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On Jordy Mercer and Jung-Ho Kang

Charles LeClaire-USA TODAY Sports

It would be a tremendous understatement to say that Jordy Mercer's 2015 hasn't gone as planned. This isn't the first time the former Oklahoma State Cowboys closer has struggled to open a season--his batting average was sub-Mendozan for much of the early part of 2014. When one's hitting performance elicits non-negligible nostalgia for Clint Barmes, something has gone very wrong.

Last year, the Pirates' alternatives to Mercer at shortstop were limited--as demonstrated by the depressing late-season cameos of such luminaries as Jayson Nix (currently hitting a robust .190/.203/.302 for the Phillies' AAA affiliate) and Michael Martinez, the Mercer/Barmes duo was pretty much the only show in town. And despite Clint Hurdle's well-chronicled affection for the slick-fielding Barmes (all the Clints gotta stick together), he kept the faith with Mercer and was ultimately rewarded with a solid year.

Unfortunately for Mercer, the emergence of Korean shortstop Jung-Ho Kang has made his slow start in 2015 quite a bit more costly. This wasn't an unforeseen conflict--as soon as the Pirates unexpectedly posted the winning bid for Kang, questions existed regarding how he might fit into the left side of the Pirates' infield.

The Mercer/Kang situation isn't a zero-sum game--both Kang's ability to play third base and Josh Harrison's general versatility allow Mercer and Kang to play side-by-side--but it's clear that both can't really receive starter-level playing time simultaneously without significantly impacting Harrison, Gregory Polanco, or Neil Walker. And while having too many talented shortstops seems like baseball's equivalent of a first world problem, Hurdle does appear to have a decision on his hands when it comes to who should start at shortstop against right-handed pitchers.

The Pirates opened the season with Mercer as the starter, due presumably to some mixture of the advantages of incumbency, his strong performance in 2013 and 2014, and caution regarding Kang's need to adjust to American pitching.

Well, Kang's adjusted. He's fulfilled his stated desire to face Aroldis Chapman, doubling off of him on a pitch that hit 100 mph. He's done this to a 96 mph Jason Motte fastball. According to Pitch(fx), he's been the sixth-best hitter in the game on four-seam fastballs. So the bat speed is (emphatically) there. Which is why it's surprising that people keep grooving him fastballs:

The raw power's for real, too--there have been 272 hitters for whom Baseball Savant has at least 50 batted-ball velocity data points this year. Among these hitters, Kang's average FB/LD velocity of 95.74 MPH ranks 21st, surrounded by guys like Chris Carter, Jorge Soler, and our own Starling Marte. As you can see below, Kang (the red dot) might even have more in the tank in terms of power production when you consider how the ball flies off of his bat:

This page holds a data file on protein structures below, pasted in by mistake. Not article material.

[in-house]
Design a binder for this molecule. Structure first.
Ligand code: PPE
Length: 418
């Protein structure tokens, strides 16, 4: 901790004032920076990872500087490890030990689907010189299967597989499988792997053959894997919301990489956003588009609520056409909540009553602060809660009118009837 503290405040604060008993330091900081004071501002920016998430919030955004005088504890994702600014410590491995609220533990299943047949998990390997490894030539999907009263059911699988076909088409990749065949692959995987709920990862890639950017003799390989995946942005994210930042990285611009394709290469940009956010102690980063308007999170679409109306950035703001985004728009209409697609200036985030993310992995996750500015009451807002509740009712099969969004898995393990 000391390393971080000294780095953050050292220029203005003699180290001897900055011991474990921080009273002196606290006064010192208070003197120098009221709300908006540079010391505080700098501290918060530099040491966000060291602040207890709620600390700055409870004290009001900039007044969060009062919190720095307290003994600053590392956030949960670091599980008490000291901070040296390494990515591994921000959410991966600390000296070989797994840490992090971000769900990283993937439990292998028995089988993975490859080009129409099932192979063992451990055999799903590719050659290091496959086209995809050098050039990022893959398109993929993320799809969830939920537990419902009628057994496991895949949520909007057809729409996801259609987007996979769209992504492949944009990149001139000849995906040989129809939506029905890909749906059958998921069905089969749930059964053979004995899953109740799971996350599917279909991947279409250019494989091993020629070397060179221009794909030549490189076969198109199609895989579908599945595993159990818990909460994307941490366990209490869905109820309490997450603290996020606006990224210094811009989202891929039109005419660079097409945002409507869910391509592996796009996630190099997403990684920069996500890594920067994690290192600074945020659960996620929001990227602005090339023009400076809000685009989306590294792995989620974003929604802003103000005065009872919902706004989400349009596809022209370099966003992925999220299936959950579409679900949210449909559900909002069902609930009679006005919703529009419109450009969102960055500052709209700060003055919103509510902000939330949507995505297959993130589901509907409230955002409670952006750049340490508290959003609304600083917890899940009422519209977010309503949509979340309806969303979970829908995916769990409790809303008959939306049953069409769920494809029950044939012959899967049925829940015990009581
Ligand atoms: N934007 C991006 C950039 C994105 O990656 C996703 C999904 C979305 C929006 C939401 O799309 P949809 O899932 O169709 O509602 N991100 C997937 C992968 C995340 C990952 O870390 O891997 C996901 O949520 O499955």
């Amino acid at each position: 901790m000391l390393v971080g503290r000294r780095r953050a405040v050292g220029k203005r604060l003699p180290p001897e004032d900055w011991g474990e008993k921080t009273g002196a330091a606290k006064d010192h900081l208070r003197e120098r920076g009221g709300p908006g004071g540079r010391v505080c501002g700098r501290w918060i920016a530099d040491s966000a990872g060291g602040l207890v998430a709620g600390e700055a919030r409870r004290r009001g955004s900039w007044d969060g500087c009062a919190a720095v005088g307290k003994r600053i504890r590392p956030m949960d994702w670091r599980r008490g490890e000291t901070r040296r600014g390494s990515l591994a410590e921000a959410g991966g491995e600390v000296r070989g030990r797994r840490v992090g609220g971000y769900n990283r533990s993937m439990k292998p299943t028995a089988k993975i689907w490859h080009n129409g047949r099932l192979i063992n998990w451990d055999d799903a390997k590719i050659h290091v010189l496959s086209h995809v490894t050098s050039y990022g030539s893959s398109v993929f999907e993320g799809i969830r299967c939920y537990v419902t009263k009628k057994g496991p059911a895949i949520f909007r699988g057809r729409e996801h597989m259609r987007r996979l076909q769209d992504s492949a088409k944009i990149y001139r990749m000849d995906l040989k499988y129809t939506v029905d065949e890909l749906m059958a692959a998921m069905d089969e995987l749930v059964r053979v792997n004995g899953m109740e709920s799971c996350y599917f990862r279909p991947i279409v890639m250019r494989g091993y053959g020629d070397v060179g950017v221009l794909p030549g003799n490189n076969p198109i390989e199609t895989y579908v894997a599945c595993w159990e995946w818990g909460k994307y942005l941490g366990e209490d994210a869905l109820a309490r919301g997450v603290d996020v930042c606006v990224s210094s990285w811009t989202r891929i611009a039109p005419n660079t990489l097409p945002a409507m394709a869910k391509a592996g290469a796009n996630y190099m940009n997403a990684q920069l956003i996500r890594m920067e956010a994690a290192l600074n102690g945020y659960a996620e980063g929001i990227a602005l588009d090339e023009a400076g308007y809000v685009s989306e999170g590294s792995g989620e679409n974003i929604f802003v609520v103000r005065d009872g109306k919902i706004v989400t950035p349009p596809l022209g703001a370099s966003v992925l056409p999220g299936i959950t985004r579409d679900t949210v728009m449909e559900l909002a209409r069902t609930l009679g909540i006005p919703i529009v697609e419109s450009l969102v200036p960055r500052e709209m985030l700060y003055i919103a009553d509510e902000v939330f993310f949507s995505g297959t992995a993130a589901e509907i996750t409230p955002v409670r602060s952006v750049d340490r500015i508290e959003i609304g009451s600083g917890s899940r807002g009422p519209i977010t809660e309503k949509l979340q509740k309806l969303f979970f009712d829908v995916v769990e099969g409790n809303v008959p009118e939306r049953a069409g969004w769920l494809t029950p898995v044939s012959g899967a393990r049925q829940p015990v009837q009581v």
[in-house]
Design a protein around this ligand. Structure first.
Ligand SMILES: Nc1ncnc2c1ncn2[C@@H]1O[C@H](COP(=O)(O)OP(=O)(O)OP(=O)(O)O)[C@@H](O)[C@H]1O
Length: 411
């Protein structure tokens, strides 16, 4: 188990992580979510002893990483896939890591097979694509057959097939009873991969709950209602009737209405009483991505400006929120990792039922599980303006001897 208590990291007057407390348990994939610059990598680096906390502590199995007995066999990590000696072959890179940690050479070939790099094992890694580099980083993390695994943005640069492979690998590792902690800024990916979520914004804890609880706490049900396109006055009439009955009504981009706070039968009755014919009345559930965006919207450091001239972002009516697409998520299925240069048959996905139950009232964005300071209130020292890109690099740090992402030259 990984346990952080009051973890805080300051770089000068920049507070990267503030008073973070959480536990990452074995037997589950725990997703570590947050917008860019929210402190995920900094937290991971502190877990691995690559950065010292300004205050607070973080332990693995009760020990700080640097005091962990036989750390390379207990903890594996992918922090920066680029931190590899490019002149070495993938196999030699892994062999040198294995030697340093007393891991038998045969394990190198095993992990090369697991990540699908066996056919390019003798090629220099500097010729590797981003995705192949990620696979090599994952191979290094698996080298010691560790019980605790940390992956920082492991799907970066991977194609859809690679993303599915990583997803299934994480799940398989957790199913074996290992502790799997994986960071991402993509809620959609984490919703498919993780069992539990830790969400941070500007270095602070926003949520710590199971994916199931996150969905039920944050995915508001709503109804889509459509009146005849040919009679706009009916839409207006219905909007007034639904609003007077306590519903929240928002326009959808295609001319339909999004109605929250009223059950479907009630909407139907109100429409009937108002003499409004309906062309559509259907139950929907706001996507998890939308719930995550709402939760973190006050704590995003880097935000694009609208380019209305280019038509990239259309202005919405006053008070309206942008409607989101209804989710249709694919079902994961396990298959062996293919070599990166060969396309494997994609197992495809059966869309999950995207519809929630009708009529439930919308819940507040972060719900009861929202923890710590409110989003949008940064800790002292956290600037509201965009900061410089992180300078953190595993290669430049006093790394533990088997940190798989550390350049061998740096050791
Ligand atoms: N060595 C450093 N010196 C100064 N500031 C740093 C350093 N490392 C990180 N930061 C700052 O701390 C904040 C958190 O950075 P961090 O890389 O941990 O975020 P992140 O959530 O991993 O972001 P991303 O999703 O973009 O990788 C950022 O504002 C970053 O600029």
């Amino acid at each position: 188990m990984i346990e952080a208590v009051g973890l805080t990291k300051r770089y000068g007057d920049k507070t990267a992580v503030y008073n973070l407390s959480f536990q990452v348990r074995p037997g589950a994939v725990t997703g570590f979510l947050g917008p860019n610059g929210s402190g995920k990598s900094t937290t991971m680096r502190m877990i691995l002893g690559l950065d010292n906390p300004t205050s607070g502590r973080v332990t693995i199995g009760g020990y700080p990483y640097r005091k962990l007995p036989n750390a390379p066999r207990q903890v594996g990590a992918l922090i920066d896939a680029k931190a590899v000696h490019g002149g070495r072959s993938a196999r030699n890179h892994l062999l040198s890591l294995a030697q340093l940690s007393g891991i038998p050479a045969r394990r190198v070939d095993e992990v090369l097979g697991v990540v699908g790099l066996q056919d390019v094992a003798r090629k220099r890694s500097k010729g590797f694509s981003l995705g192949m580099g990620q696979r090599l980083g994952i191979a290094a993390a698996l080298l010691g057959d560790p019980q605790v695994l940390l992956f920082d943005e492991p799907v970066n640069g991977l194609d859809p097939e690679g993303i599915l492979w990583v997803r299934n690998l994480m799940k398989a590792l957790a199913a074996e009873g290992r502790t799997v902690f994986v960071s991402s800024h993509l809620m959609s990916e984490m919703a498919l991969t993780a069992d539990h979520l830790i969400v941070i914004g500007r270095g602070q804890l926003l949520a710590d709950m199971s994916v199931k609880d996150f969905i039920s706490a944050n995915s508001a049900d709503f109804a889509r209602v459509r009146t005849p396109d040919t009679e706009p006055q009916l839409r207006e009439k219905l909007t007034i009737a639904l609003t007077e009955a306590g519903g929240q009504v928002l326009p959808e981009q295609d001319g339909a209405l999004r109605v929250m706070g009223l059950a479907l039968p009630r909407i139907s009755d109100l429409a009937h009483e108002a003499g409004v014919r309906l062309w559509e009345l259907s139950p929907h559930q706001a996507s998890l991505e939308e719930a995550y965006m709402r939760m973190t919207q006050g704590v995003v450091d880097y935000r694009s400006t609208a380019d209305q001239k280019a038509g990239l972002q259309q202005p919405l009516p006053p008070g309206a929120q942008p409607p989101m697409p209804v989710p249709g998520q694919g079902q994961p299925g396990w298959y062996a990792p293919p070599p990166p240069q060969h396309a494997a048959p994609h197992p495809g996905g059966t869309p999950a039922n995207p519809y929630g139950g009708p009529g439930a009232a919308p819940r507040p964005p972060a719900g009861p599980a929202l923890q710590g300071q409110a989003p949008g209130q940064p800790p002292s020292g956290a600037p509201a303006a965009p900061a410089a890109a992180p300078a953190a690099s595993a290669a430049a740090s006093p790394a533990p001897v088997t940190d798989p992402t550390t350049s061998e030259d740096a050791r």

It makes you wish that he elevated the ball a bit more often--Kang hits 55.9% of his batted balls on the ground, good for 19th in the league (right behind Marte). This might be part of why his ISO is lower than you'd predict.

If you want to take a higher-level view, Kang's .280/.351/.409 batting line has produced a 115 wRC+, fourth among all shortstops. He's also tied with Jose Reyes and Danny Santana to contribute the most baserunning value (1.8 runs) of all shortstops. Put it all together, and he's ninth in WAR among shortstops, at 1.2. He's almost produced enough to justify his contract already.

Meanwhile, Mercer's been something less than stellar. He's hitting .225/.273/.294, and while his strikeout and walk rates are relatively unchanged his isolated power has halved since last year. He's been below replacement level, with -0.2 WAR.

So, there should be no contest about who starts at shortstop, right? Kang all the way--all of the various statistics I word-vomited out over past several paragraphs would seem to indicate that he's the superior choice.

Maybe it's not that simple. Here are their respective rest of season projections (blended ZiPS and Steamer), prorated to 600 plate appearances:













Jung-Ho Kang












Jordy Mercer












Maybe it is that simple.

You might say that projection systems aren't going to properly capture the defensive gap between the two players, except we don't have much reason to think Kang is anything less than an average defensive infielder. You might say that projection systems are going to be systematically less accurate for international players with short track records, but Kang has already pretty much eliminated the 'worst case scenario' portion of his projection--the one in which he lacked the bat speed to hit American pitching--and the projection above still includes significant regression.

The conclusion here is that Kang appears to be our best choice at shortstop moving forward. Mercer will still start against lefties, with Kang moving to third.

Does hope remain for Mercer, though? For one, I think that both the projections above are a bit bearish (at least in terms of WAR)--Mercer, in particular, has always rated much better using DRS than UZR, and if you believe he's a plus defender he might be closer to 1.5 WAR/600. Mercer's substantial platoon split also means that starting only against lefties could improve his batting line.

In short, he's a useful dude to have around.